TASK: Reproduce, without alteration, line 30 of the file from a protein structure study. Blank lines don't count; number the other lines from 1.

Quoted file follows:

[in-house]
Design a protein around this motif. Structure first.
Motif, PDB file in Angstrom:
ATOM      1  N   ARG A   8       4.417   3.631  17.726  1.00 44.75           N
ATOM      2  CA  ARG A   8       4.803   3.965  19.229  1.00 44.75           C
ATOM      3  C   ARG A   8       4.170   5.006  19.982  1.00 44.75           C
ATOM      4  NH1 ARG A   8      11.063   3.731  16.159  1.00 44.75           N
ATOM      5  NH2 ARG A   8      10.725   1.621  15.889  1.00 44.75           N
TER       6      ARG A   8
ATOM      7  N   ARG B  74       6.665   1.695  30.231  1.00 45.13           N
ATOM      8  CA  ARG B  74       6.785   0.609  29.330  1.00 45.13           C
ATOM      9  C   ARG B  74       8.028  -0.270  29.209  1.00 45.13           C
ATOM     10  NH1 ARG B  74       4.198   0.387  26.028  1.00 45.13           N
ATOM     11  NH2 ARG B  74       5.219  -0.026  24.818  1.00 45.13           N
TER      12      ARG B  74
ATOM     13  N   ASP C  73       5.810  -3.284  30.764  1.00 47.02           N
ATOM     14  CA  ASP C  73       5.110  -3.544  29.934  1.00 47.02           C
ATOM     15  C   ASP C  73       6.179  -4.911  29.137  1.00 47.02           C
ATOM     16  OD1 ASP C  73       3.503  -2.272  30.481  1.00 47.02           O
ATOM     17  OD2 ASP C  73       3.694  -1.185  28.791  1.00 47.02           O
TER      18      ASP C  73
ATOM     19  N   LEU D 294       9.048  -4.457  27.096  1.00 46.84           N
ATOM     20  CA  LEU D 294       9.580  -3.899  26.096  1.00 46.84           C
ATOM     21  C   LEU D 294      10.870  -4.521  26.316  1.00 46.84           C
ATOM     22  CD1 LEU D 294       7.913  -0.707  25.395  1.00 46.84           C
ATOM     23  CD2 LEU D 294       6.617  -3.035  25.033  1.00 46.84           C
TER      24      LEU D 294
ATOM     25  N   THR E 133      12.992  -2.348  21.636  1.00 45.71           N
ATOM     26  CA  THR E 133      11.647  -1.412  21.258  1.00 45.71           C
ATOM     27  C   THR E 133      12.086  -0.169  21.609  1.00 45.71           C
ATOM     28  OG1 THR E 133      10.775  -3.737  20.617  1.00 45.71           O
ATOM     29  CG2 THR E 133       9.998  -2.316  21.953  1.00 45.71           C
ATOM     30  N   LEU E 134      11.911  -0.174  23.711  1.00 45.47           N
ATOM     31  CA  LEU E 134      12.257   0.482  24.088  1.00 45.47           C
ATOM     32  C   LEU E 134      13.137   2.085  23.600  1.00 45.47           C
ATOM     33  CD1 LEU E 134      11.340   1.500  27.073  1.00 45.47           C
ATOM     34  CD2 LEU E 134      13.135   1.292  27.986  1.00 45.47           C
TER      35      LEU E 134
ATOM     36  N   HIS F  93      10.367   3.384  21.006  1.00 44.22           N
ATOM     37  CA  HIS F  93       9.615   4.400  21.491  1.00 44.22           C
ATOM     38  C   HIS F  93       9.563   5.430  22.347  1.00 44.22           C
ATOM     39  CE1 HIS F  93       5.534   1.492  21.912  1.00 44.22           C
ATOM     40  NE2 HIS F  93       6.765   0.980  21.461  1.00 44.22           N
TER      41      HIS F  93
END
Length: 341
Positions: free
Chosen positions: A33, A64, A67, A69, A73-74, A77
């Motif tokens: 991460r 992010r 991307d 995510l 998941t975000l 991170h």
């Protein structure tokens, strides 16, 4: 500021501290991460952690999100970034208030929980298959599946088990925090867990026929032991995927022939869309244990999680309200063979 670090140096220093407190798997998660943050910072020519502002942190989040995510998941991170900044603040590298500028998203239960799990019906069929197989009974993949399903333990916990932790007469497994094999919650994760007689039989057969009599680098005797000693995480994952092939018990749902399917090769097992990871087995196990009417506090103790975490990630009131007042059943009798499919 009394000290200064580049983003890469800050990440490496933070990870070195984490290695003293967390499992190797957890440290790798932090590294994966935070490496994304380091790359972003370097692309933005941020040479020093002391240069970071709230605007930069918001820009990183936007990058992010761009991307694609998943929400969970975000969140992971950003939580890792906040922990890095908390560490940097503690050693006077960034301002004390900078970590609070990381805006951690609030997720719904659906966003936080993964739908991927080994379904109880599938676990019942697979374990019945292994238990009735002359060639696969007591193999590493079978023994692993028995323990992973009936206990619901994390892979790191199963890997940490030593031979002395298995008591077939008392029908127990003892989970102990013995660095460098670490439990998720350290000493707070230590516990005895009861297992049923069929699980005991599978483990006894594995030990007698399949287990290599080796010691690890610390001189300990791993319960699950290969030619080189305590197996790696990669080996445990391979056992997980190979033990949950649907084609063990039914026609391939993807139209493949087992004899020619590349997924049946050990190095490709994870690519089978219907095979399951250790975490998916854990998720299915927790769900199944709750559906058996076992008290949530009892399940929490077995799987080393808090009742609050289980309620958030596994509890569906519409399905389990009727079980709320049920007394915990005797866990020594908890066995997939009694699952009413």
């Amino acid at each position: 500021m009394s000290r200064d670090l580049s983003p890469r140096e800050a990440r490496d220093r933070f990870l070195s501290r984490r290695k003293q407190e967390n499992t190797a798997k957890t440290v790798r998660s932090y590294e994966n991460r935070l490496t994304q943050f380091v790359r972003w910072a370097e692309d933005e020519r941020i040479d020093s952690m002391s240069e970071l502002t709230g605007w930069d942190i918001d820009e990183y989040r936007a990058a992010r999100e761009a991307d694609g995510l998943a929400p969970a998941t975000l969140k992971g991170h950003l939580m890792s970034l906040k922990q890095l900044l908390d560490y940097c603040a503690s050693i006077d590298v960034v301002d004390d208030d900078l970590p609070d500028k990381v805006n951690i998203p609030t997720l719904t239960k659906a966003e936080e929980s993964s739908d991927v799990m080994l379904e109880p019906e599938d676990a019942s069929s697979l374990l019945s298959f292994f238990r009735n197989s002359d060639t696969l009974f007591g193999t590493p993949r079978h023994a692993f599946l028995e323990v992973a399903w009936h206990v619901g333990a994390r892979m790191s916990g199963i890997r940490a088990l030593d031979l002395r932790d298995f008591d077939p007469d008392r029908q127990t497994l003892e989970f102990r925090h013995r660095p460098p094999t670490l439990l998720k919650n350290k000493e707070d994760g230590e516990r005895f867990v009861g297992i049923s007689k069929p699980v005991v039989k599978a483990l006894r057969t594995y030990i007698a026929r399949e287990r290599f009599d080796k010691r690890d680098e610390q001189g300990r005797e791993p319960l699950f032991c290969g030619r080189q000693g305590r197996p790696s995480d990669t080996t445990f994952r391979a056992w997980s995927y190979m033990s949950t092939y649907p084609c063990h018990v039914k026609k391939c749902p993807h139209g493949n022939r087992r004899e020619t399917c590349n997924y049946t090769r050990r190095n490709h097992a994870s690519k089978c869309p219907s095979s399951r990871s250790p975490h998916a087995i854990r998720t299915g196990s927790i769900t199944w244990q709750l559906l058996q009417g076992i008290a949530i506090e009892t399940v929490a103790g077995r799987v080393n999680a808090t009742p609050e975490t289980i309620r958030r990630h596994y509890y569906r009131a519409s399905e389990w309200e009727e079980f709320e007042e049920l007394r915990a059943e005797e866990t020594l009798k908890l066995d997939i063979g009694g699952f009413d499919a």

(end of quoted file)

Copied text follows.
ATOM     27  C   THR E 133      12.086  -0.169  21.609  1.00 45.71           C